# Arithmetic Sequence

An Arithmetic Sequence is a formally defined number sequence define in terms of arithmetic operations on the earlier sequence member.

**AKA:**Arithmetic Progression.- …

**Example(s):***n' = n*^{2}*n' = (n-1)+(n-2)**αn = α1 + (n-1)d*

**See:**string, Formal Number Sequence, Fibonacci Sequence.

## References

### 2013

- http://en.wikipedia.org/wiki/Arithmetic_progression
- In mathematics, an
**arithmetic progression**(AP) or arithmetic sequence is a sequence of numbers such that the difference between the consecutive terms is constant.For instance, the sequence 5, 7, 9, 11, 13, 15 … is an arithmetic progression with common difference of 2.

If the initial term of an arithmetic progression is [math]a_1[/math] and the common difference of successive members is

*d*, then the*n*th term of the sequence ([math]a_n[/math]) is given by: :[math]\ a_n = a_1 + (n - 1)d,[/math] and in general :[math]\ a_n = a_m + (n - m)d.[/math] A finite portion of an arithmetic progression is called a**finite arithmetic progression**and sometimes just called an arithmetic progression. The sum of a finite arithmetic progression is called an arithmetic series.The behavior of the arithmetic progression depends on the common difference

*d*. If the common difference is: - Positive, the members (terms) will grow towards positive infinity.
- Negative, the members (terms) will grow towards negative infinity.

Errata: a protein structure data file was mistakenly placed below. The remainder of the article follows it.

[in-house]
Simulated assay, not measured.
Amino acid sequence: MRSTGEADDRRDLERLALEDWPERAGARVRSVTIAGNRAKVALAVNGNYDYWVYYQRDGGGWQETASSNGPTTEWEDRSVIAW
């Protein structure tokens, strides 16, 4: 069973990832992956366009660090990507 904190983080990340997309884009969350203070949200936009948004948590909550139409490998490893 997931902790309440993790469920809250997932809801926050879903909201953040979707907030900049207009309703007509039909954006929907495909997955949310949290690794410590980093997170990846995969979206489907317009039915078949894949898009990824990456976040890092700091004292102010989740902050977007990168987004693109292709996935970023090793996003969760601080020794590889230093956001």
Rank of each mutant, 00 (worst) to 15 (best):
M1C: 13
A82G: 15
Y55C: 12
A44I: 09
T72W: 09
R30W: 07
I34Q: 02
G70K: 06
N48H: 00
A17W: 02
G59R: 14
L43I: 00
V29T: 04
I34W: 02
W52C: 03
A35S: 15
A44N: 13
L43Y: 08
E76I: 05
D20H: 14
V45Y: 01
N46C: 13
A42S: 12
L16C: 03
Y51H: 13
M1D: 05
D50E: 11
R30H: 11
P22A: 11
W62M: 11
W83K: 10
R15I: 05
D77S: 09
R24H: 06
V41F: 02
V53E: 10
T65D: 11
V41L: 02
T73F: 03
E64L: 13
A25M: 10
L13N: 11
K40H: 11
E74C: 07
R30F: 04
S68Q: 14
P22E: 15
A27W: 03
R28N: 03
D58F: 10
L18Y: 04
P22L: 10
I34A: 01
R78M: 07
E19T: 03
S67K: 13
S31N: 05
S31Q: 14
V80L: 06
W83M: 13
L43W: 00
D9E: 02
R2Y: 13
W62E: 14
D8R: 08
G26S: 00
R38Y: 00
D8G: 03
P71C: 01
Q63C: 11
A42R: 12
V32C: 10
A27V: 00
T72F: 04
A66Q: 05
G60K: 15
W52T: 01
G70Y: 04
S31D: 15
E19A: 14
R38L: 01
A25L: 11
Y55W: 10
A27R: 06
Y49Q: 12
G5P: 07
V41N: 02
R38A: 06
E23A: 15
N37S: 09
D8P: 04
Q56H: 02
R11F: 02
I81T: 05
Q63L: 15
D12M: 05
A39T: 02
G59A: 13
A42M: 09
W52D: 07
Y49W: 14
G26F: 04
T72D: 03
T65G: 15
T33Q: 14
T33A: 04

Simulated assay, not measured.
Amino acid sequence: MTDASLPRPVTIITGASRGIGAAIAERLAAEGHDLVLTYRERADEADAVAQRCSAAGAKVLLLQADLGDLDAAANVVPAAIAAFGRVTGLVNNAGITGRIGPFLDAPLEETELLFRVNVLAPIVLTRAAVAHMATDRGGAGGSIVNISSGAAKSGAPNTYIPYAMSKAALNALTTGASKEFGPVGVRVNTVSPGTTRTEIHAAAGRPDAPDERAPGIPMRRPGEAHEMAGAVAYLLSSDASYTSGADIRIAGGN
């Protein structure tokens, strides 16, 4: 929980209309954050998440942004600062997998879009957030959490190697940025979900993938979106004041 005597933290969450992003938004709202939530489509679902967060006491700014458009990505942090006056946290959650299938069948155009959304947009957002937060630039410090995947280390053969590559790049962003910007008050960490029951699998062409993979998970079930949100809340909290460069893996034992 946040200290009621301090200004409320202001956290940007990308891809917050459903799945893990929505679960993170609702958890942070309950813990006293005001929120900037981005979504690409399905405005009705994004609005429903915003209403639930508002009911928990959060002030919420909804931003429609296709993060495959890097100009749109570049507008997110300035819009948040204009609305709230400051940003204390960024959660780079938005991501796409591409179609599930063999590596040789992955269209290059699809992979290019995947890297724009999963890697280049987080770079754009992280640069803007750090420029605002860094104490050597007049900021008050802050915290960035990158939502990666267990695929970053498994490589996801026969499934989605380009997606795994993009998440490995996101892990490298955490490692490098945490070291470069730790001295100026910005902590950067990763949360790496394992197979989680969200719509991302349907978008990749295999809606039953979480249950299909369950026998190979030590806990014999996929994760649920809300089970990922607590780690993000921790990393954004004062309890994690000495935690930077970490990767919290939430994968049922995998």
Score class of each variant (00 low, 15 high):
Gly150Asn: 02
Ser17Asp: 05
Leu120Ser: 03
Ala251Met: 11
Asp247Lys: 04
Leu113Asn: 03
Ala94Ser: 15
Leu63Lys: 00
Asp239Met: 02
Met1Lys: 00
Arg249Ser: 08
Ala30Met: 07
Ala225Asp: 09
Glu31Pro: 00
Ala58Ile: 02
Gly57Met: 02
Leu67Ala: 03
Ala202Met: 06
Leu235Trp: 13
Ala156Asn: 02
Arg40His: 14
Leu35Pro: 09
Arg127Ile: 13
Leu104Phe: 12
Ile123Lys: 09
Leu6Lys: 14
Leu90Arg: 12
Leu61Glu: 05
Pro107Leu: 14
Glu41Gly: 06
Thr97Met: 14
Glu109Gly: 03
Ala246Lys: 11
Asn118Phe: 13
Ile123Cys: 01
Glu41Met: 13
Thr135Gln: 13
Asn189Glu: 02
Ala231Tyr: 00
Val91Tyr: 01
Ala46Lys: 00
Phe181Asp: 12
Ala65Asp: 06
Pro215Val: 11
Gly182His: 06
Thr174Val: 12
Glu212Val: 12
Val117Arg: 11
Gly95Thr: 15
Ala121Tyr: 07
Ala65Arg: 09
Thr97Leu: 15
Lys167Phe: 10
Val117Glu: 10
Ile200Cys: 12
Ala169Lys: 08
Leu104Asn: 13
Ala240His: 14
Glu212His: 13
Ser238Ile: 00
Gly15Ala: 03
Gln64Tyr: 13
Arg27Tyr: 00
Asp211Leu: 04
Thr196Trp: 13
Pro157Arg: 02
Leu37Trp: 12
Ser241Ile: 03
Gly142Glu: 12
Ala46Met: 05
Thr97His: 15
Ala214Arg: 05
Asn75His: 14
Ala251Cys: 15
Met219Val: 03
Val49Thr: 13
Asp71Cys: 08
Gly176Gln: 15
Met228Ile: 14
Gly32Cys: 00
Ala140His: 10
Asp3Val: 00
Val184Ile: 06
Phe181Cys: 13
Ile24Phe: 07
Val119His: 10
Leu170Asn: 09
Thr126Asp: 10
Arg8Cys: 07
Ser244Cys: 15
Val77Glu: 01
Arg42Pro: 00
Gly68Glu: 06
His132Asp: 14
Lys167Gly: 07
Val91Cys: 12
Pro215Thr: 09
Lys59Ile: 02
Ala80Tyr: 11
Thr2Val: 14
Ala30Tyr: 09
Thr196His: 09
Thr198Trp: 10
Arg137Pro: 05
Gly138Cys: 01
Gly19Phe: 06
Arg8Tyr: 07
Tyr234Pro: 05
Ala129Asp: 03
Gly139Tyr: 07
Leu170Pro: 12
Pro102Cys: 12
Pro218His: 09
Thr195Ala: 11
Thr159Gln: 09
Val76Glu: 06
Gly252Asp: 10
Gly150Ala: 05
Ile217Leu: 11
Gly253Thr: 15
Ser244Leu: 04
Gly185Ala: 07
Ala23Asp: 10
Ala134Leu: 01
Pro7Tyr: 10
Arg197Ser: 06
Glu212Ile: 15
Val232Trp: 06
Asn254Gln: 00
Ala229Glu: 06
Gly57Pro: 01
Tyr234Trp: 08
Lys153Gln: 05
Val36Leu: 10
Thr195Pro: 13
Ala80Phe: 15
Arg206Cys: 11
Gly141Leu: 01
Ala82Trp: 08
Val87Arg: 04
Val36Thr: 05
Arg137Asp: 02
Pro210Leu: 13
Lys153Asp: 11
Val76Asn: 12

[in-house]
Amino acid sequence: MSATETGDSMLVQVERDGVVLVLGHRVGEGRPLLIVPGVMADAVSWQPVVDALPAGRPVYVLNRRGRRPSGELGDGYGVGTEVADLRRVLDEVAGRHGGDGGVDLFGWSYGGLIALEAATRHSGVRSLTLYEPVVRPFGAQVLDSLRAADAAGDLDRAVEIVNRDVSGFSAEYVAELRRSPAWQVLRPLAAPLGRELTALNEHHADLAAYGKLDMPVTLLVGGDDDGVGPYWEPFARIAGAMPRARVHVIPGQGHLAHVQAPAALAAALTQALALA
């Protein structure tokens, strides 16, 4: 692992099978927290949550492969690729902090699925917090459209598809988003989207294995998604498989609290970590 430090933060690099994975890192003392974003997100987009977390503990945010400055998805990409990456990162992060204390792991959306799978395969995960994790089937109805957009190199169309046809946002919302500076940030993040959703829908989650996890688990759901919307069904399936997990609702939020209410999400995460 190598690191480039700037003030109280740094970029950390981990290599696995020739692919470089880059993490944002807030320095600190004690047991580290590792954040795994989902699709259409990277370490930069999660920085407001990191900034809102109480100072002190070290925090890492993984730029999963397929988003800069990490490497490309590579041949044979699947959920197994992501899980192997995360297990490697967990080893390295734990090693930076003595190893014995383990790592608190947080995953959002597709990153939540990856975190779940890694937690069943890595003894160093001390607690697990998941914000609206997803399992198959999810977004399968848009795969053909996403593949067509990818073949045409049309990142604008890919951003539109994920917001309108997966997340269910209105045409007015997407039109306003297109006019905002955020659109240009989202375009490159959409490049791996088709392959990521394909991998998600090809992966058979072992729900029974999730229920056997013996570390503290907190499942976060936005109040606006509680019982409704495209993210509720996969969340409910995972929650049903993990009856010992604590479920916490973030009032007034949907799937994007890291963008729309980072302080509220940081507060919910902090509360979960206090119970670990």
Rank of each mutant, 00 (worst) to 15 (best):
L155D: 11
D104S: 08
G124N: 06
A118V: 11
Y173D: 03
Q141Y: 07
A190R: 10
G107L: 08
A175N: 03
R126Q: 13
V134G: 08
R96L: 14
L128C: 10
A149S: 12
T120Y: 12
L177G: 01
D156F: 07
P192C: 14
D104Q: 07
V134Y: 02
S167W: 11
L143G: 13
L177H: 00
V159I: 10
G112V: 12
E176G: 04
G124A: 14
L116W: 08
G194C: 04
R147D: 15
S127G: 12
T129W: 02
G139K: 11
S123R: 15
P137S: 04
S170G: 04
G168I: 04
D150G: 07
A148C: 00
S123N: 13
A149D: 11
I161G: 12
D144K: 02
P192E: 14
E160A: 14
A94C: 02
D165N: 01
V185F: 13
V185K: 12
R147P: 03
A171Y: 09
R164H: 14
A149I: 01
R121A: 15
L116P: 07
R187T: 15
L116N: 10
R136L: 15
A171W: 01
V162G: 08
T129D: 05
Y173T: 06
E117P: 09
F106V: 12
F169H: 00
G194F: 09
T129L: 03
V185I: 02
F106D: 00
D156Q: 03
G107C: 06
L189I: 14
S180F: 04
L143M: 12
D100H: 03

- In mathematics, an

### 2009

- http://www.sparknotes.com/testprep/books/sat2/math2c/chapter12section2.rhtml
- An arithmetic sequence is an ordered list of terms in which the difference between consecutive terms is constant. In other words, the same value or variable is added to each term in order to create the next term: if you subtract any two consecutive terms of the sequence, you will get the same difference. An example is {αn} = 1, 4, 7, 10, 13, . . ., where 3 is the constant increment between values. The notation of an arithmetic sequence is:
*αn=α1+(n-1)d*

- An arithmetic sequence is an ordered list of terms in which the difference between consecutive terms is constant. In other words, the same value or variable is added to each term in order to create the next term: if you subtract any two consecutive terms of the sequence, you will get the same difference. An example is {αn} = 1, 4, 7, 10, 13, . . ., where 3 is the constant increment between values. The notation of an arithmetic sequence is: